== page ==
22nd November 2012
Campaign group Fair Pensions has just issued a big report in which it has criticised many of the UK’s fund managers for not being active enough on executive pay. But does it own chart slightly undermine its case?
The group says that despite several high profile votes against controversial remuneration packages for directors, it did not amount to a so-called ‘Shareholder Spring’.
It also wonders whether it is appropriate to compare shareholder votes on executive remuneration to the toppling of dictators in the Arab Spring. At Mindful Money we tend to agree with that point at least.
The report is available here on Fair Pensions’ website along with news of a host of other campaigning issues the group is involved with.
Yet we are not sure if Fair Pensions makes an entirely convincing case. It may be undermined by its own excellent graph accompanying this post. (If you click through to the Fair Pensions report, a bigger version is available to view in more detail).
Broadly, the group has looked at the voting record of twenty of the UK’s top fund and pension fund managers on ten controversial company pay and benefits packages and deemed them seriously lacking. It is red for ‘no’ votes, green for ‘yes', yellow for abstentions, grey for not disclosed, blue for a split vote within the firm and a rather fetching turquoise for those due to disclose (all for fund firm Schroders).
The four criteria Fair Pensions use to identify the controversial packages and place red flags on them are
1) single performance criteria in executives’ incentive plans
2) transaction-related bonuses or ‘golden hellos
3) moving the performance goal-posts on executives’ incentive plans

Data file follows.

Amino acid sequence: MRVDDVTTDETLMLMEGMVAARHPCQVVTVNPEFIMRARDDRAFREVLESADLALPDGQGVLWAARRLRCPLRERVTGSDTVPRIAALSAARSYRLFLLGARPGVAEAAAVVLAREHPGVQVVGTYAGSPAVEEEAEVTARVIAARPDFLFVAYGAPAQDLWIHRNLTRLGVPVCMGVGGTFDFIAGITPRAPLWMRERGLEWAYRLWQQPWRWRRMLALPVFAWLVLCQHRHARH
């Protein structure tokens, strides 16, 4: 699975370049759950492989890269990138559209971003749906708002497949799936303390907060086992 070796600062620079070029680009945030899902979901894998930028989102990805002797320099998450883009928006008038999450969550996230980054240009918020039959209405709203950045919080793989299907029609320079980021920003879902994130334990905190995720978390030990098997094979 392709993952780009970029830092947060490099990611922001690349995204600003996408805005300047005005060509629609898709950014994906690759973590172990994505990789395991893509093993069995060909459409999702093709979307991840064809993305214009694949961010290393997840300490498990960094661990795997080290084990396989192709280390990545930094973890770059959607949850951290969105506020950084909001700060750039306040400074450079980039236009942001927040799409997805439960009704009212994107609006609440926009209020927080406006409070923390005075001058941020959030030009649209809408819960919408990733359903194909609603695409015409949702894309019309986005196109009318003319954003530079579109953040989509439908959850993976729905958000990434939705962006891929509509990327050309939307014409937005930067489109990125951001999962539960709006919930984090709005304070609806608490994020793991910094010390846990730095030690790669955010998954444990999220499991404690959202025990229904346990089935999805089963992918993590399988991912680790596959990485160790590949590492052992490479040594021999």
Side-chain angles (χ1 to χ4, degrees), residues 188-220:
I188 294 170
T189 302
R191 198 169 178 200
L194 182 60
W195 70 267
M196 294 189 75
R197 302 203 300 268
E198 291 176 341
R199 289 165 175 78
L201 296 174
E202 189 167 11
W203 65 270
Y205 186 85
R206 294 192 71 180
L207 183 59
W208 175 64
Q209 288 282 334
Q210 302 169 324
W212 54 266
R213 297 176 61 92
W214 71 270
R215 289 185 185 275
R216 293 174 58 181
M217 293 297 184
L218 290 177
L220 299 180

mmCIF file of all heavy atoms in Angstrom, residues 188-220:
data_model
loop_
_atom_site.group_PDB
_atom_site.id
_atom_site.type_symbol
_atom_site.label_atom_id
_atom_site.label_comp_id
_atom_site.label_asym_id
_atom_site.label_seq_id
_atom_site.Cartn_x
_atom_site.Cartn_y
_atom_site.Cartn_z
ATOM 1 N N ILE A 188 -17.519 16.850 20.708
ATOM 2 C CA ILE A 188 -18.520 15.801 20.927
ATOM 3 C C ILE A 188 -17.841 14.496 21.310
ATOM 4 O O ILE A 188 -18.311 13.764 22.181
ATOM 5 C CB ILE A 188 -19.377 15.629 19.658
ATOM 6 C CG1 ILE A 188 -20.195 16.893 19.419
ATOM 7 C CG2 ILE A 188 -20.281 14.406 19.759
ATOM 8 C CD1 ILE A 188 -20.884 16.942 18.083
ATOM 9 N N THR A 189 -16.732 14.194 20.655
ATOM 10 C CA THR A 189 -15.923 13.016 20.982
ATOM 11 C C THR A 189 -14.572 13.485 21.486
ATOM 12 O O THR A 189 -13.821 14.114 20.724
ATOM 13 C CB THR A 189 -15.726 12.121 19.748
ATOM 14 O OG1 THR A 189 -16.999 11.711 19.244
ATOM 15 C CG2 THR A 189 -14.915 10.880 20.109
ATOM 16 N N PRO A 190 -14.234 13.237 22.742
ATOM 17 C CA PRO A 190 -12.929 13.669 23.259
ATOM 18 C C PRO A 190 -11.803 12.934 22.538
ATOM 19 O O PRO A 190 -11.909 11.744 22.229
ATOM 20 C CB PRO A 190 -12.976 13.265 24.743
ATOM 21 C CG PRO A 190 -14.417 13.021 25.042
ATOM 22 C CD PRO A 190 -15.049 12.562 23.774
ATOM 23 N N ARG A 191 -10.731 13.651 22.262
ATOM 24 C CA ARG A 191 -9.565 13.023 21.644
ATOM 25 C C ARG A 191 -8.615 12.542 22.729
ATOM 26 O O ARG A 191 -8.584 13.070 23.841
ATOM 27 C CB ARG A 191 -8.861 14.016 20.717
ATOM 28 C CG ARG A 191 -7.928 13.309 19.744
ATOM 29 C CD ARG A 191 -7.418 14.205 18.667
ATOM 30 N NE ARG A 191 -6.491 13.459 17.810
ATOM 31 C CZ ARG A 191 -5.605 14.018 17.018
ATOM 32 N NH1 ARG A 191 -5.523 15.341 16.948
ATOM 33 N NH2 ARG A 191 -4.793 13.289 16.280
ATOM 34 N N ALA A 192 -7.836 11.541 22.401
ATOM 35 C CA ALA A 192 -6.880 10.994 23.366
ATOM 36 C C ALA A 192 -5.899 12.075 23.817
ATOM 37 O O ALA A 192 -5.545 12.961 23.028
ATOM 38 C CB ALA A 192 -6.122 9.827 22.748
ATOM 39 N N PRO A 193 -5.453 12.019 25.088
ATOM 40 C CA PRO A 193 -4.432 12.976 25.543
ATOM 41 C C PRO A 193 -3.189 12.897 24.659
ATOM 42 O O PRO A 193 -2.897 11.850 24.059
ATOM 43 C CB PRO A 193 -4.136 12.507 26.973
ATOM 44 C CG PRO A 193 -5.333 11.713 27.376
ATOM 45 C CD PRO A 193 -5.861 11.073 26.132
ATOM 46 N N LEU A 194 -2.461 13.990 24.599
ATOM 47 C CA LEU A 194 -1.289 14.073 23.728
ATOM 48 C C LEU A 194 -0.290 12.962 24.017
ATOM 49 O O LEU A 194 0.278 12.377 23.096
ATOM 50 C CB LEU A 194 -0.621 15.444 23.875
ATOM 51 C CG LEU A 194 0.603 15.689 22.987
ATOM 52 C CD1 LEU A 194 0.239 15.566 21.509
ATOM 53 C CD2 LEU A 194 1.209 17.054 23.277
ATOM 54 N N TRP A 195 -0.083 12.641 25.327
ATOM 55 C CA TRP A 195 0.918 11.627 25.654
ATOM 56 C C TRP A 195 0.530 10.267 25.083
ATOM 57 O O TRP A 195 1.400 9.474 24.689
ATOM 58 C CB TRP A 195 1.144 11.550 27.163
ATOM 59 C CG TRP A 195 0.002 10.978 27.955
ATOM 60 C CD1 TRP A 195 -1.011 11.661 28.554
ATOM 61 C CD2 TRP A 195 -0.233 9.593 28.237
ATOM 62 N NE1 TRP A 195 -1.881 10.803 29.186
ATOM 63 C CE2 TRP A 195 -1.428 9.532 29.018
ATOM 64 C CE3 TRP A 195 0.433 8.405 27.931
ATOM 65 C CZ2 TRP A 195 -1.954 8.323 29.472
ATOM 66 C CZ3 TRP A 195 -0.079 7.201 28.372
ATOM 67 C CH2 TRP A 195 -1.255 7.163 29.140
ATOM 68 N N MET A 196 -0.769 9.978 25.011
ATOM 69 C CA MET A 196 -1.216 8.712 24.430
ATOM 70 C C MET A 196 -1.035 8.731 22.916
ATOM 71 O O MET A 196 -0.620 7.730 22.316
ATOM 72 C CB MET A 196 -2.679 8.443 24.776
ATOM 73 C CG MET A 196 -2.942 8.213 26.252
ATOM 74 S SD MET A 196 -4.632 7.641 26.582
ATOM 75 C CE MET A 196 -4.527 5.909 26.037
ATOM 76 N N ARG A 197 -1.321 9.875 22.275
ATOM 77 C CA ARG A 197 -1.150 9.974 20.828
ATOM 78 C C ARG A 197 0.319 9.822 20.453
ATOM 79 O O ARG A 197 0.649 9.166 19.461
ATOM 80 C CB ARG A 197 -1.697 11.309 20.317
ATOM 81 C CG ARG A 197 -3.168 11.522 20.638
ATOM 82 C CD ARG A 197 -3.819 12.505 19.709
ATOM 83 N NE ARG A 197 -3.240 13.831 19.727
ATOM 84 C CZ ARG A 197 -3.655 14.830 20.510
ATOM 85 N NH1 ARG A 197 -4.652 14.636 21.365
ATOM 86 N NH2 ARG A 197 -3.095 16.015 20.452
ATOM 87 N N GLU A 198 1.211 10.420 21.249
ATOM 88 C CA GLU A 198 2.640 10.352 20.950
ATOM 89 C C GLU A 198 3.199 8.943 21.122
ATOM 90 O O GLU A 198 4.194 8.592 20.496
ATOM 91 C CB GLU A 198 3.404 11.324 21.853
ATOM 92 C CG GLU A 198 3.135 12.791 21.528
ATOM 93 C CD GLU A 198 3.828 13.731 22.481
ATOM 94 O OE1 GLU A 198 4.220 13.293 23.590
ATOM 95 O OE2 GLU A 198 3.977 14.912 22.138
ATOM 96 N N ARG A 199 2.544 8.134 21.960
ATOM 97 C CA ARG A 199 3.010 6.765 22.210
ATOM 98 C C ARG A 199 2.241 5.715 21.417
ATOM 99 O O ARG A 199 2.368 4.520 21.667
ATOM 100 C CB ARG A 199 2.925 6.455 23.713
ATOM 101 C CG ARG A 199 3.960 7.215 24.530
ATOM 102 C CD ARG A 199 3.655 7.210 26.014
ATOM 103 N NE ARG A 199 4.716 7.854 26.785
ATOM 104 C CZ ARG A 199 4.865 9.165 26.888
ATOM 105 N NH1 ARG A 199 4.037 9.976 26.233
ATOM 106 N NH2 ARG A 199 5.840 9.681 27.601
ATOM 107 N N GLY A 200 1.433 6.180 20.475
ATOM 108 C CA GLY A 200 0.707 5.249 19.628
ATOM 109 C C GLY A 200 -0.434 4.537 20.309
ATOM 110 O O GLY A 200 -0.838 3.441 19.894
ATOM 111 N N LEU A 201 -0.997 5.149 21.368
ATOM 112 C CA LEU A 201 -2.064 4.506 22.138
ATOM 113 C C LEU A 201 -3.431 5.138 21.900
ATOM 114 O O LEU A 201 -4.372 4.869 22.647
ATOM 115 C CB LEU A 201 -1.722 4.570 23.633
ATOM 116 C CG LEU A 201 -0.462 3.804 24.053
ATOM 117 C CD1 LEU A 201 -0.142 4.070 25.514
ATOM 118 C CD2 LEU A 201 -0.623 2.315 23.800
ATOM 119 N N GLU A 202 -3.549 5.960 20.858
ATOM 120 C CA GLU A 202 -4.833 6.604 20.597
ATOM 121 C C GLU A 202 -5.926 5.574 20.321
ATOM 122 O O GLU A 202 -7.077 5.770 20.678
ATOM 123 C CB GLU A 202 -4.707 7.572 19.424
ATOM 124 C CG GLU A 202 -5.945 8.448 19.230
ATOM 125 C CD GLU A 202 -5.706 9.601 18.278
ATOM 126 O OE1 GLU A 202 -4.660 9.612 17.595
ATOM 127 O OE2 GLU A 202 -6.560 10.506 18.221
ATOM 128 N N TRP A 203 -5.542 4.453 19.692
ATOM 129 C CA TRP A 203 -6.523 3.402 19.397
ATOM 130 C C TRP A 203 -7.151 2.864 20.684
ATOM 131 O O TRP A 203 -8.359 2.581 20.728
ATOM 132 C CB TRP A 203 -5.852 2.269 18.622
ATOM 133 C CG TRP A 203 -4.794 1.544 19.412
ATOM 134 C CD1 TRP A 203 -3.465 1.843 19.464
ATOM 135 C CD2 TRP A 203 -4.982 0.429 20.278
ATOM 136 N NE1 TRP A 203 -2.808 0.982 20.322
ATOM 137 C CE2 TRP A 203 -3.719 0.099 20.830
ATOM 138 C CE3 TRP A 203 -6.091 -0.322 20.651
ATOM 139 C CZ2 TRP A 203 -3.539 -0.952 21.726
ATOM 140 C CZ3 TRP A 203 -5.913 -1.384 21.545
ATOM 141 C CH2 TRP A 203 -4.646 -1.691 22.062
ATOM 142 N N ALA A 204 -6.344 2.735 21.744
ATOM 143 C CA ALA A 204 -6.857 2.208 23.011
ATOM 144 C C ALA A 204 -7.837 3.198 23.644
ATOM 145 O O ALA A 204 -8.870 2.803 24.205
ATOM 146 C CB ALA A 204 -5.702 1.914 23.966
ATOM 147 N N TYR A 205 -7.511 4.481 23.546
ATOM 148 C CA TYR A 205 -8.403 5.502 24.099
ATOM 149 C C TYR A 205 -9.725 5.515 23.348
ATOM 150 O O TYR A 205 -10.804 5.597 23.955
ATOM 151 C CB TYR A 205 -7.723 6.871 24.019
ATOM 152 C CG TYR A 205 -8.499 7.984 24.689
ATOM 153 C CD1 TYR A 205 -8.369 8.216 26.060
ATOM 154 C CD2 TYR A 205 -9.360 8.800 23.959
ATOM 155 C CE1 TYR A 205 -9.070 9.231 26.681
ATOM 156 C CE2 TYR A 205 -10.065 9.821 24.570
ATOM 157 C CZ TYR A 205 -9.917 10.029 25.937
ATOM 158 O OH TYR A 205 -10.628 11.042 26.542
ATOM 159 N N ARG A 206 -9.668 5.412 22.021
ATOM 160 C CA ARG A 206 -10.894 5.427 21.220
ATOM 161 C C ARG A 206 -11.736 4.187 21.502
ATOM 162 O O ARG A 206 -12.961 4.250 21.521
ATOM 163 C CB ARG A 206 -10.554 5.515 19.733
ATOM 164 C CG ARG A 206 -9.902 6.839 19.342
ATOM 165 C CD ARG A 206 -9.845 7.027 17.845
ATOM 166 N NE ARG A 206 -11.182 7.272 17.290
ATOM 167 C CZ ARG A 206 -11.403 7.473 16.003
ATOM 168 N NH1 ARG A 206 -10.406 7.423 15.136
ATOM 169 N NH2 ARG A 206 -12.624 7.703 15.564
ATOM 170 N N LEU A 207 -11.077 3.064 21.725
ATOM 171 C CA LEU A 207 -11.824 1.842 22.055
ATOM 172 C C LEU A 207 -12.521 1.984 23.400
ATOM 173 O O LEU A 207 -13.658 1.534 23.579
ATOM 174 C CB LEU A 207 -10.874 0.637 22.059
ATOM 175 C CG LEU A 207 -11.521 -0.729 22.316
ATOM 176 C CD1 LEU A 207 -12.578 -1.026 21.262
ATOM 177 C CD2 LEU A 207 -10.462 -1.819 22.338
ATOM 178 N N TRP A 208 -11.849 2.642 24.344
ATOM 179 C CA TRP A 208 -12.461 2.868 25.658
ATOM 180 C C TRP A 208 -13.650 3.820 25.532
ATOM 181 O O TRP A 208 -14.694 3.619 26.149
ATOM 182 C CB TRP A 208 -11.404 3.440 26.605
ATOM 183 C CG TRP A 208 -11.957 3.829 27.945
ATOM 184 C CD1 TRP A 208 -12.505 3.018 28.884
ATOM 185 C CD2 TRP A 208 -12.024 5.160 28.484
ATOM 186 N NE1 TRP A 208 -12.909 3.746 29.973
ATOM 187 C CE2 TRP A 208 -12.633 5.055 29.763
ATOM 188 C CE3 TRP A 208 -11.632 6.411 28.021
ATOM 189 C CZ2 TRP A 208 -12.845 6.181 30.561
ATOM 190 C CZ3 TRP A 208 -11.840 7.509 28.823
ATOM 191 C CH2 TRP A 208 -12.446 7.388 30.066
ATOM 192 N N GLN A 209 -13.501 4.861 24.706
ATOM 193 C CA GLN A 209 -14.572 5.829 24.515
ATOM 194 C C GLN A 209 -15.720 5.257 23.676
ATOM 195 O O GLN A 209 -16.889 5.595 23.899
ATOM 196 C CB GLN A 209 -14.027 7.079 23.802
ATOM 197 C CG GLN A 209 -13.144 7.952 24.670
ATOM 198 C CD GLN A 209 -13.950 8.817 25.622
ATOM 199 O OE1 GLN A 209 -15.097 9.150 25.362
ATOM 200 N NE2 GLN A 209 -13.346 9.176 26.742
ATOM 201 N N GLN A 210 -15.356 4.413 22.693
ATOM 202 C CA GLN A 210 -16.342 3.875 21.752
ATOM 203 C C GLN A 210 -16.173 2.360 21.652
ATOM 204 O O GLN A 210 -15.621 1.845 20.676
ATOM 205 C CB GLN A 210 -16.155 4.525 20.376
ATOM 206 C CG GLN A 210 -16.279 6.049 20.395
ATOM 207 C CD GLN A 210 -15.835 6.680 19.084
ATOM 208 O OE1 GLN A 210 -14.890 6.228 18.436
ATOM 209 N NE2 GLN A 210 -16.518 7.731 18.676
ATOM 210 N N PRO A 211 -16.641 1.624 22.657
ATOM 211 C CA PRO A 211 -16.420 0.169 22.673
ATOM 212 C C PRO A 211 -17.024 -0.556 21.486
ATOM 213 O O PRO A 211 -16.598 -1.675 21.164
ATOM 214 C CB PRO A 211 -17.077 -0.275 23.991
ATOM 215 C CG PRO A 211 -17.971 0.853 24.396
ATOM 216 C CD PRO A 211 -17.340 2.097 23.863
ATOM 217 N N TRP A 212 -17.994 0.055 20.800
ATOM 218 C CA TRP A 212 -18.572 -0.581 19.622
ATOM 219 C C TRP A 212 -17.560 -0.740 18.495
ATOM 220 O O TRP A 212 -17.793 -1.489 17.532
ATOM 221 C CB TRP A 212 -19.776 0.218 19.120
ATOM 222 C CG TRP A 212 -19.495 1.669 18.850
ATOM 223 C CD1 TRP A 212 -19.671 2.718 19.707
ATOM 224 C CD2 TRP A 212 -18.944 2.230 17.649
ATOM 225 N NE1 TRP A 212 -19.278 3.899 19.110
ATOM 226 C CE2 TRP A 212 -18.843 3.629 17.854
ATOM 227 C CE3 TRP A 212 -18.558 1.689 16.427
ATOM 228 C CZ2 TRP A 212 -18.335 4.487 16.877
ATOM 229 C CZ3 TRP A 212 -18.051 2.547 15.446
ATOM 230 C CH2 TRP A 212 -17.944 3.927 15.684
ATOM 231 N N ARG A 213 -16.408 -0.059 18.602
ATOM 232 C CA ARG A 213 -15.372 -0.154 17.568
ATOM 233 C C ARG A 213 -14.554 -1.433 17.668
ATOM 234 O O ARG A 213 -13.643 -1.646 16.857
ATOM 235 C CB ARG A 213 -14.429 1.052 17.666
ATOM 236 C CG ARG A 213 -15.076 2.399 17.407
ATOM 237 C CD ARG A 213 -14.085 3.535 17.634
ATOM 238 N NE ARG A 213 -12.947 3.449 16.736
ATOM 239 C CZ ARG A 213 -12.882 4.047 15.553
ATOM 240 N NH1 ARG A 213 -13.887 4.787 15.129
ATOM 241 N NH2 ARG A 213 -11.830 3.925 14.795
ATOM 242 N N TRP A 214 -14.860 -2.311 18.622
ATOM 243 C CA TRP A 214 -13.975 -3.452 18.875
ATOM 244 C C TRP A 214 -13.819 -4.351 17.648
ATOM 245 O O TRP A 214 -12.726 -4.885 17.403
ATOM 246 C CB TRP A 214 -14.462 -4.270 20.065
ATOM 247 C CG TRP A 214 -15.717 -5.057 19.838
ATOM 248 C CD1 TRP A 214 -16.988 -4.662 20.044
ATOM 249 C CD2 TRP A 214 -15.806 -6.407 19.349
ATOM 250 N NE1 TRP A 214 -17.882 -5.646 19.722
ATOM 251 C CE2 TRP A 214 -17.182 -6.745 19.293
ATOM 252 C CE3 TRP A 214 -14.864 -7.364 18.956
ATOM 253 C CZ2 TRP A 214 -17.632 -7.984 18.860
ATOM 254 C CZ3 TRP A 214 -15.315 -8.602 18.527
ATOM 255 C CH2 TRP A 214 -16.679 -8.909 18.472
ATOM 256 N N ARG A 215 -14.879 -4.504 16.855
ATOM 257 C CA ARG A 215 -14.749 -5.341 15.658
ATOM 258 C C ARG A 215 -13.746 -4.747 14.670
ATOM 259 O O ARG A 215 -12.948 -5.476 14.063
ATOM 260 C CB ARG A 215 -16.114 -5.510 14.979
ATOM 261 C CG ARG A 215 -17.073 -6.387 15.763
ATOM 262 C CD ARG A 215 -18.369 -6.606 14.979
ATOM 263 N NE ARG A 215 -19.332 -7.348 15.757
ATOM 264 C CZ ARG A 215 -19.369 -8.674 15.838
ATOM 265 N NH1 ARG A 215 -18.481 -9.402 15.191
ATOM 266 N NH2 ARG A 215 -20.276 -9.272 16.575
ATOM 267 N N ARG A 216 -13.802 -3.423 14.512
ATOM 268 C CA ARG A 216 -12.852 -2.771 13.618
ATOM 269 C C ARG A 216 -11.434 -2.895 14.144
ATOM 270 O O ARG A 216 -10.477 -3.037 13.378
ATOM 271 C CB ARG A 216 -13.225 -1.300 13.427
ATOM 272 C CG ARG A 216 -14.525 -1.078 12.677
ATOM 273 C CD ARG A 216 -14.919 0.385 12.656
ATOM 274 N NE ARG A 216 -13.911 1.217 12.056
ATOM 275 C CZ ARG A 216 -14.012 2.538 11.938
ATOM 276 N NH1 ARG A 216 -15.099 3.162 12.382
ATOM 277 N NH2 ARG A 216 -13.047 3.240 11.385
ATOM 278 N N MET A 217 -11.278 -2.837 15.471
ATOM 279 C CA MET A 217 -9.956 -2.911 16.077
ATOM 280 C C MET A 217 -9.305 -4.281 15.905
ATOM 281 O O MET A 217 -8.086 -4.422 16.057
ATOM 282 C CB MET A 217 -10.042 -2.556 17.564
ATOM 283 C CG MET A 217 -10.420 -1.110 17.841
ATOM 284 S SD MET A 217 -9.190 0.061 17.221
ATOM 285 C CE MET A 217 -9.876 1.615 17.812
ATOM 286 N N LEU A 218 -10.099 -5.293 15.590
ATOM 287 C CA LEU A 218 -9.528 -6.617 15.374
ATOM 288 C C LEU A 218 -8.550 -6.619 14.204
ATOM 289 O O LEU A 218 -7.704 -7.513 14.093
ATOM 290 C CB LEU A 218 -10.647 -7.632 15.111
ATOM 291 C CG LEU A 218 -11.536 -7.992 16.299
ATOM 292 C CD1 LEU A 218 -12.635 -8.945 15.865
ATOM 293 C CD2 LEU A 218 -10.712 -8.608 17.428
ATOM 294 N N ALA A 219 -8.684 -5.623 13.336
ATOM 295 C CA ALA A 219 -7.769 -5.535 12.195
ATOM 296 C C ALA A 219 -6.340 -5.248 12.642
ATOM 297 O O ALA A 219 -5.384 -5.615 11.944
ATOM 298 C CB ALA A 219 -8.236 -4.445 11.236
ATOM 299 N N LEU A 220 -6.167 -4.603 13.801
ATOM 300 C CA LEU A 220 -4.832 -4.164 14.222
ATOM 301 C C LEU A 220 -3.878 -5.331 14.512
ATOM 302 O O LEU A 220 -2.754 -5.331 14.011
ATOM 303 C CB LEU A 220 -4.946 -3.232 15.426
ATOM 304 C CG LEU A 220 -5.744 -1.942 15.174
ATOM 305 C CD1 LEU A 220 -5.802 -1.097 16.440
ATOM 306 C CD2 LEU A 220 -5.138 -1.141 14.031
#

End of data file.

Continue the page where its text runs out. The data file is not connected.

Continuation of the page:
4) variable pay of more than 200% of executives’ base salaries
On this basis, the packages, many of which were defeated, do seem worthy of attracting a red flag.
Yet, a cursory glance at the graph also shows that a large number of fund managers voted against these packages. There is a large amount of red marking no votes, though we do think it would be better if all the managers had disclosed how they voted in all cases.
It also appears that managers are making up their own minds situation by situation, so for example the row for Kames Capital has a lot of green and red. State Street and F&C were very sceptical of the packages and even Aviva, hauled over the coals for its own remuneration package and on both the x and y axis, has voted against in five cases out of ten.
Mindful Money thinks if it isn’t quite a spring, then surely Fair Pensions has charted a bit of a thaw.
In addition, some firms have split votes because different fund managers in different funds may vote in different ways as is clearly the case with JP Morgan.
In fact, Mindful Money wonders if that doesn’t cut to the heart of the matter. Fund managers are not voting for or against remuneration packages because they seem too high but because of what it means for performance.
Fair Pensions also criticises the fact that the Government has accepted that shareholders should only get a binding vote on pay every three years, rather than every year. It believes this is because of the reluctance of institutional shareholders to get fully involved, shown by the very high number of firms which opposed binding votes when they answered the Government's consultation. At 72 per cent this is arguably the most powerful statistic in the report. But once again we have to ask isn’t the primary task of fund managers to deliver returns. So is three years an unreasonable compromise?
It is quite obvious that executive pay at top firms and even at some small ones has gotten completely out of kilter with everyone else’s salaries. More importantly, it has gotten out of kilter with the economy and in some cases with the performance of firms themselves.
Fair Pensions wants big institutional shareholders to act because they represent millions of small shareholders who have stakes in these firms through their mutual funds and their pensions.
We accept that there has been a disconnect between investors, institutions and companies and not enough information.
It is also clear that many small investors will be very concerned about directors’ pay. However a majority probably only really care about pay if it affects the performance of the companies concerned and thus the performance of their investments. The behaviour of some fund managers appears to reflect that view too. Fair Pensions has wider and often laudable goals. But we’re not sure it has quite proved its case, not even with its own chart. But it's welcome to tell us why we're wrong.